I have tried several approaches to weight loss (keto, intermittent fasting, whole foods), but I kept coming back to Weight Watchers because that was the only method that actually resulted in me losing weight. I have made several attempts at Weight Watchers over the years.

Attempt 1: Five Days to Failure 

In 2016, I tried WW for the first time. I lasted five days. On the fifth day, I exceeded my points for the week, got discouraged at my failure, and cancelled my membership.

I later learned that this type of “all or nothing” view of diets never leads to success: The goal is not 100% compliance; the goal is progress.

Attempt 2: Achieving Goal, Failing Maintenance

A year later, in March 2017, having reached an all-time high weight, I gave WW another try. Mostly out of desperation to find a program that would work for me. I was attracted to the gamification of weight loss (daily points! weekly points! points to earn from fitness and spend on food!), integration with my FitBit, and the prospect of eventually using the more lenient Simply Filling plan (now discontinued) to achieve a successful transition from weight loss to weight management. I was hopeful that the points system would help curb my bingeing and sugar addiction.

WW taught me how to lose weight, still eat good quality and tasting food, and achieve my fitness goals. My first month I lost 10 pounds, my clothes got looser, my belt needed to be tightened another notch, and I could see the change in the mirror. And although I had a few bingeing episodes, I ate much less sugar, junk food, and fat than I had been before. By my second month, my total cholesterol had declined to a significantly healthier level than I was able to achieve with prescription statins. I managed to lose twenty-five pounds and came within one pound of my goal weight. Then I sabotaged my success.

By July 2017, I relapsed. I had nearly achieved my weight goal, but my old habits crept back. I felt the points system to be too restrictive. By December 2017, I had regained all the weight I lost, plus more.

Attempt 3: Work In Progress

By March 2018, I set a new weight high. I realized once again that sugar was the key part of my problem, and tried various attempts at low-sugar diets (including keto), with limited success.

By August 2018, I returned to WW. I was exactly the weight when I started WW the first time in March 2017. This round took a bit longer for me to reach goal (which I achieved in November 2018, losing 32 pounds), but I eventually made it and entered the six-week maintenance window, and then achieved lifetime status (maintaining my weight at or below goal for 6+ weeks). I credit the Freestyle food plan, which was introduced for 2018, as helping me stick with WW and not feel that SmartPoints was too restrictive.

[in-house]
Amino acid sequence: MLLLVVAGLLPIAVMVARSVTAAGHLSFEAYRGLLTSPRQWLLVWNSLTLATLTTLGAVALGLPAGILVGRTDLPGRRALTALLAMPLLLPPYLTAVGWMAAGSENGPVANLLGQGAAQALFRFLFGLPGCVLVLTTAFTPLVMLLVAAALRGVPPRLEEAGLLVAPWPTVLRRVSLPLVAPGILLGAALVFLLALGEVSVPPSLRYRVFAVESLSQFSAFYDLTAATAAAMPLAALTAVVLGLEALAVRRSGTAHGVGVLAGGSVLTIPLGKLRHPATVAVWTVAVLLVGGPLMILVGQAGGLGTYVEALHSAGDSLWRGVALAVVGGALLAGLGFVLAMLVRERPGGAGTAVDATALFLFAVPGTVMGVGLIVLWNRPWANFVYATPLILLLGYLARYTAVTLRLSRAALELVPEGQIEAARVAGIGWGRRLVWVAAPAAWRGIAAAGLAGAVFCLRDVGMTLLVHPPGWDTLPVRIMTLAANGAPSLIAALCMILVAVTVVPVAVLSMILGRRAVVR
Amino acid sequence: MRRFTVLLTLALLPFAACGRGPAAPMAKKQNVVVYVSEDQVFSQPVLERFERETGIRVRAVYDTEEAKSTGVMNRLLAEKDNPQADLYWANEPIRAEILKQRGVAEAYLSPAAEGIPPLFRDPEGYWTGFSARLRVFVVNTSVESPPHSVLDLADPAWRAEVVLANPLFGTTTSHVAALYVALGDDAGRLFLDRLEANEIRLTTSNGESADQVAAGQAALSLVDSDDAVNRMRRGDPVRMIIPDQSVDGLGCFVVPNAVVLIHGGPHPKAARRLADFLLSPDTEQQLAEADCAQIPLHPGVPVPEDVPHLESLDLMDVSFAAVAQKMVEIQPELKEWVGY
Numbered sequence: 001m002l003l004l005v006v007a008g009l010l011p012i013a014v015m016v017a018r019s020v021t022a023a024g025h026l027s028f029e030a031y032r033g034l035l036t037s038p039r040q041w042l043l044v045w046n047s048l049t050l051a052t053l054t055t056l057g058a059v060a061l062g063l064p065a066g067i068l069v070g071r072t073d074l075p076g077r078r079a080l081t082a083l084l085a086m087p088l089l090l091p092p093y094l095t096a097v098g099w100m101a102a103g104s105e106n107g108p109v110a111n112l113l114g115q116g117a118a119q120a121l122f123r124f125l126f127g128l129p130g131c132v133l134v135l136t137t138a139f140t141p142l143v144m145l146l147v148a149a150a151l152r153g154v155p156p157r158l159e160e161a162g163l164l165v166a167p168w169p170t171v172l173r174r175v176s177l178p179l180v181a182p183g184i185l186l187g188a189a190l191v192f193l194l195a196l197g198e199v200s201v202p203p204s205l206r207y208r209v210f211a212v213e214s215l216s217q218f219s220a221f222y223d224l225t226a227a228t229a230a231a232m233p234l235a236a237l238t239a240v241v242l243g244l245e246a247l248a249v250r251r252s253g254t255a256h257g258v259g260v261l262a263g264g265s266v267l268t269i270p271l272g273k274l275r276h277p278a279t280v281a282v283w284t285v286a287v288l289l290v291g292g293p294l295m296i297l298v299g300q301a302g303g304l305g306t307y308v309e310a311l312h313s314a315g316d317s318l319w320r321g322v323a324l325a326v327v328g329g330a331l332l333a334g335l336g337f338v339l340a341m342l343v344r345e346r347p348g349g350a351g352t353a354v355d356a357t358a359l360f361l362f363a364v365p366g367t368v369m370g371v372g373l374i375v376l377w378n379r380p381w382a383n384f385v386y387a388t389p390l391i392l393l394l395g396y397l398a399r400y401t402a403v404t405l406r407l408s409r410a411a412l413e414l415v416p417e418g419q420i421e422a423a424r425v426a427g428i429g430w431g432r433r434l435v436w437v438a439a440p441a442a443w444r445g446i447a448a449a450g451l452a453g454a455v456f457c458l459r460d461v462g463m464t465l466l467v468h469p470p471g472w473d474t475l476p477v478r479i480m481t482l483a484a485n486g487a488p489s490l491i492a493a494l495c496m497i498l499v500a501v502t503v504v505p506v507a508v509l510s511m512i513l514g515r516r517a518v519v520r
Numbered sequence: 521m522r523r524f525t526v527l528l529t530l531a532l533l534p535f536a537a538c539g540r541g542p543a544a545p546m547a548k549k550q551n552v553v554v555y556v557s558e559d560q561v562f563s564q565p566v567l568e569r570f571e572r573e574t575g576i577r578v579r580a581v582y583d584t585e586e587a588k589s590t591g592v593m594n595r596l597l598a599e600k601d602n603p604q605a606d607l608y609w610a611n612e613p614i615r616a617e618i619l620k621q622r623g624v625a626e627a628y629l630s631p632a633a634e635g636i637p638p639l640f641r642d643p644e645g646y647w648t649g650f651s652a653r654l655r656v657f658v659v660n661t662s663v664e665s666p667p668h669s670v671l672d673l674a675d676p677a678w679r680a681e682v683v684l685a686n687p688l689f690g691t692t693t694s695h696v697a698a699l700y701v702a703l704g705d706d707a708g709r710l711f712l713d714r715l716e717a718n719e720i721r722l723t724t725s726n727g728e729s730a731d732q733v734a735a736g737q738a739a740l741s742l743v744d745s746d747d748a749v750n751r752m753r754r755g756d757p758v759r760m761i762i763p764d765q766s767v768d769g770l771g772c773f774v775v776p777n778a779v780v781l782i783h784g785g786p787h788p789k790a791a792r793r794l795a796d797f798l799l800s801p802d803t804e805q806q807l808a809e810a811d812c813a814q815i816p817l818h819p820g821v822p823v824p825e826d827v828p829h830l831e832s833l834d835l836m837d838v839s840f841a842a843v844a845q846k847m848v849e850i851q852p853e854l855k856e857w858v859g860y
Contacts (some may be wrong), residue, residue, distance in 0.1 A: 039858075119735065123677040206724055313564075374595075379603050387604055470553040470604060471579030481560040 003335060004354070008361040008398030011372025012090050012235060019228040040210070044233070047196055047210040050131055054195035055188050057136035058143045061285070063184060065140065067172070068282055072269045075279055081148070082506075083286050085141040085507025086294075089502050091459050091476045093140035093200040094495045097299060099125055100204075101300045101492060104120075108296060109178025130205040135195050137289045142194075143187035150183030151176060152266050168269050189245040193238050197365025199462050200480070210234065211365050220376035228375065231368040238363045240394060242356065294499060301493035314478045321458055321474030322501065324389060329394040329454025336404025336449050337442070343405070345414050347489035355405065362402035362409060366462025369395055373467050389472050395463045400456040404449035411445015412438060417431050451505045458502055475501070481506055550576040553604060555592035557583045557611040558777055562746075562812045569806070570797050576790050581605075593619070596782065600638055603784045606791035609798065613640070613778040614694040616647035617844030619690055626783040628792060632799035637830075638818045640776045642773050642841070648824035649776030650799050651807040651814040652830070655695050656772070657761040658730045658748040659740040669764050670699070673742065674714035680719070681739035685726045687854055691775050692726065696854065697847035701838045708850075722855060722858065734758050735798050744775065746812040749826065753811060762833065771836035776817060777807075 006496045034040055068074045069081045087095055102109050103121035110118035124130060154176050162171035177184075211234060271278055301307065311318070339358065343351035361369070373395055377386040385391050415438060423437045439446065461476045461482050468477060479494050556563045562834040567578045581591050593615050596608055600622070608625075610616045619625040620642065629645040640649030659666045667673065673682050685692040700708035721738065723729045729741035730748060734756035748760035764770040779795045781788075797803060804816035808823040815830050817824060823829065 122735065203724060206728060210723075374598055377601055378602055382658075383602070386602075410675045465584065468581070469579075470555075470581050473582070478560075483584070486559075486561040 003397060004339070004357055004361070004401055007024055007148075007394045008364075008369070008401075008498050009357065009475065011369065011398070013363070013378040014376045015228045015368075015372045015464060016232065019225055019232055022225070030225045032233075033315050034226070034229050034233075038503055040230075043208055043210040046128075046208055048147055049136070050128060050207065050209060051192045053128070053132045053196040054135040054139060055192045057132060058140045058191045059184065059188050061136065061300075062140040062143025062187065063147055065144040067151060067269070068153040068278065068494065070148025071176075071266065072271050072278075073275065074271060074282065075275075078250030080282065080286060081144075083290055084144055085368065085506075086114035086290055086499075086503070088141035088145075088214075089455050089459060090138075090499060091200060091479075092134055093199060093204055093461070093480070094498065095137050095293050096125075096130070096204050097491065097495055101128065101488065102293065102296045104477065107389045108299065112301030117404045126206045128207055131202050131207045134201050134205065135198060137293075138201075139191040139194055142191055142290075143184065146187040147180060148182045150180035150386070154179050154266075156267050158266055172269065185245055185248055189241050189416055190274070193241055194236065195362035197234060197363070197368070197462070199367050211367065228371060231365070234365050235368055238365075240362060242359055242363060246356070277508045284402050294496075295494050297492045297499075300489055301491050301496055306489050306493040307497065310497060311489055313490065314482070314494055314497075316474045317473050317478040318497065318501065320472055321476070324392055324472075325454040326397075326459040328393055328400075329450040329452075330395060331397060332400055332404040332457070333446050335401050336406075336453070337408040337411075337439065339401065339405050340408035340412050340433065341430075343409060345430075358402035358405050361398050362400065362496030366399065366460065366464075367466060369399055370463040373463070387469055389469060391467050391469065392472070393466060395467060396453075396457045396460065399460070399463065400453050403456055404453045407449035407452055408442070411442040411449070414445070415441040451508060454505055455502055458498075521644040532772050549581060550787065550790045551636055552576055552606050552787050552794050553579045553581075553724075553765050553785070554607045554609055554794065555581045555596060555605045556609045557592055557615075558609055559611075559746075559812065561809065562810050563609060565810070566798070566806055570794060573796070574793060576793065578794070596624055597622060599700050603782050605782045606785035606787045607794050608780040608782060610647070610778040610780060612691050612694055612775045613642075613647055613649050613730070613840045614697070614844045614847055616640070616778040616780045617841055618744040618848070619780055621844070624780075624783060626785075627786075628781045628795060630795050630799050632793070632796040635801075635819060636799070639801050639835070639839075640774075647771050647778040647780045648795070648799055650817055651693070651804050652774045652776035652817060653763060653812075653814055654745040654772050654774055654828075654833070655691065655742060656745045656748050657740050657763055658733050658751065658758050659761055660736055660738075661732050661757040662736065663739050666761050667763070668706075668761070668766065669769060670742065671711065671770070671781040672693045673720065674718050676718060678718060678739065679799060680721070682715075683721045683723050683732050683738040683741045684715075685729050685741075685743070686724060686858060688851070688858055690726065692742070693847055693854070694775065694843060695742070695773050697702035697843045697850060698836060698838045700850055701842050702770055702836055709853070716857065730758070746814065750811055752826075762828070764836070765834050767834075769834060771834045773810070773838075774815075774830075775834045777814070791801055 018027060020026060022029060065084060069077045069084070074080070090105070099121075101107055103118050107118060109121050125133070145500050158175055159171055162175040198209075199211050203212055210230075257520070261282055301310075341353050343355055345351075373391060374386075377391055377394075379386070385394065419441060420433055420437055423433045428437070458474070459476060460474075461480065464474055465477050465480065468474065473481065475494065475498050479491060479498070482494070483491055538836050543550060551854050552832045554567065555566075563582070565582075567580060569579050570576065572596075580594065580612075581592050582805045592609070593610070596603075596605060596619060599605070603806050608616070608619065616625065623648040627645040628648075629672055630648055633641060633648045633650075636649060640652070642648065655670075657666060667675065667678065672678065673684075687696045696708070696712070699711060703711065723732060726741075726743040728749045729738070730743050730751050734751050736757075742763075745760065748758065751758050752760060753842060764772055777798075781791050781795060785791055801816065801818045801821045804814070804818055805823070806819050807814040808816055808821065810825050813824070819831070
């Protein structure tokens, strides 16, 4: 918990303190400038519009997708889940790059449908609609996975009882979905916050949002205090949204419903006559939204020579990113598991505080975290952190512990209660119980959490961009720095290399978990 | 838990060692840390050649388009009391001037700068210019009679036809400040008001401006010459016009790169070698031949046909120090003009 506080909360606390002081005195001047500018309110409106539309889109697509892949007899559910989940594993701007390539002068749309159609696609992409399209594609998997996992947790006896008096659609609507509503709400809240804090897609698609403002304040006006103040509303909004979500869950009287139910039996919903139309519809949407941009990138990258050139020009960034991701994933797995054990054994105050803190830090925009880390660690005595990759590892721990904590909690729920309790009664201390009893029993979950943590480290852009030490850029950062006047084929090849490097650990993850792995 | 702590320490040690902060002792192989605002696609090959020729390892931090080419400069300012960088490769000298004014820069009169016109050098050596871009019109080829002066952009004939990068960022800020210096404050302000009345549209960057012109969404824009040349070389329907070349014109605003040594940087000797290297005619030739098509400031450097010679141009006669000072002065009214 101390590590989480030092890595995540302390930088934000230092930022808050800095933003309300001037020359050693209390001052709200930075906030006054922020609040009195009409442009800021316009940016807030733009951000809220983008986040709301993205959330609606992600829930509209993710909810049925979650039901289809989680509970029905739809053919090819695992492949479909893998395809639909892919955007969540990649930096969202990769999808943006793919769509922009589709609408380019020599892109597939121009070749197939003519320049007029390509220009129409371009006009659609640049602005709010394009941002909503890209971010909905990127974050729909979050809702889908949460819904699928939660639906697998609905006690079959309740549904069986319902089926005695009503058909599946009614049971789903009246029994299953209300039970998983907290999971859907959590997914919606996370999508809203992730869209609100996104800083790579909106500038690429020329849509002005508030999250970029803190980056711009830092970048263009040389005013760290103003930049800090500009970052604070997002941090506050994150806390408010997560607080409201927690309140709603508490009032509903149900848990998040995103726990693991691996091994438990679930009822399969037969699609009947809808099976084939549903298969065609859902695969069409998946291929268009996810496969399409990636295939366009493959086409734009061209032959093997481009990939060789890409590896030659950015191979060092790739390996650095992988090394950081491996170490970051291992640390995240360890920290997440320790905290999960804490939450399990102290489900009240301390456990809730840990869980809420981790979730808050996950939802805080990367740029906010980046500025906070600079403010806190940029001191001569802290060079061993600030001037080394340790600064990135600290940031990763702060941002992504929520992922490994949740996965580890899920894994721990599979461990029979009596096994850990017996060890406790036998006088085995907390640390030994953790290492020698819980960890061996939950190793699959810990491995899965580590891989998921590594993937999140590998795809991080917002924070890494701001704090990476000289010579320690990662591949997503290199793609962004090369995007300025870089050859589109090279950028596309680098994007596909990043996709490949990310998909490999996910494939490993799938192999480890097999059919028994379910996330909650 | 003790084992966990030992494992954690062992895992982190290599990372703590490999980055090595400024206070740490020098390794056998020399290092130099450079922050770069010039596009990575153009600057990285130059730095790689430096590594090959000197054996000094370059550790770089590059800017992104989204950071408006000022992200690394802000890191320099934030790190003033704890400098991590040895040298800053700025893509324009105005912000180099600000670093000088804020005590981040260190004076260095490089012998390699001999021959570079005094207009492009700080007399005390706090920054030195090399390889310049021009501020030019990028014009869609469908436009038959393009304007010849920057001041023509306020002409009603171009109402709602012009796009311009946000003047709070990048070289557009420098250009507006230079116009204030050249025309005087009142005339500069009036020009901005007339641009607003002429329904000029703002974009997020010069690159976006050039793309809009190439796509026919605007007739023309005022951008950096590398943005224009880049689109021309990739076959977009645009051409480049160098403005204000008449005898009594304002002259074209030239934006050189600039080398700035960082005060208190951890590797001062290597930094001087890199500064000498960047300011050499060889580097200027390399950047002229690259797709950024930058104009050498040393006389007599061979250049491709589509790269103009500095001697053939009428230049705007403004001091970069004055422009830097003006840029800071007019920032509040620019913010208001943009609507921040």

Friday, March 1, 2019

Tip: The Apple Test

If you are feeling hungry, but an apple does not sound good, you are not really hungry. -- Source.

Abstinence Day 7: One Week Milestone

Going one week without binge eating is a definite milestone for me. Yes, I've gone that long in the past, but it has been a while. My more immediate problem a week ago was that I really could not stop binge eating, as much as I wanted to. And so to go for seven days without a binge is a relief, and a milestone. I feel healthier, physically and mentally, and I feel optimistic that I can continue this to build into a habit and a way of life.

Having a Food Plan that is flexible enough to let me eat and not be hungry, but still gives me rules that I need to live by to avoid trigger foods and binge eating, has really been very helpful for navigating those times when I've had cravings and urges to binge.

My focus for the next week will be on reintroducing exercise into my overall health plan.

Go-To Meals For On-The-Go

Tom Yum Soup
Tom Yum Soup
Having a list of healthy food options for dining out is helpful when travelling or eating out with friends or family. Here's my go-to list. Most of these have very low WW SmartPoints.
  • Airport Convenience Food: Mixed-Fruit Container or Fat Free Greek Yogurt
  • BBQ: Turkey breast plate with salad, beans, or cole slaw
  • Diners: "High protein" breakfast, usually an egg white omelette with chicken breast and vegetables
  • Japanese: Sashimi (no rice), chicken and/or tofu stew
  • Korean: Tofu stew 
  • Starbucks: Reduced Fat Turkey Bacon Egg White Breakfast Sandwich or Mixed-Fruit Container
  • Subway: Double chicken chopped salad, with yellow mustard for dressing (1 WW SmartPoint), or the 6" or 12" roasted chicken sandwich on wheat bread (no dressings)
  • Thai: Tom Yum Soup (often can be vegetarian with tofu, or with chicken or shrimp)
  • Wendy's: Chili (plain)

Subway Salad
Subway Salad

Diner: Veggie Scramble with Chicken Breast Side
Diner: Veggie Scramble with Chicken Breast Side 

Diner: Egg White with Chicken Breast and Veggies
Diner: Egg White with Chicken Breast and Veggies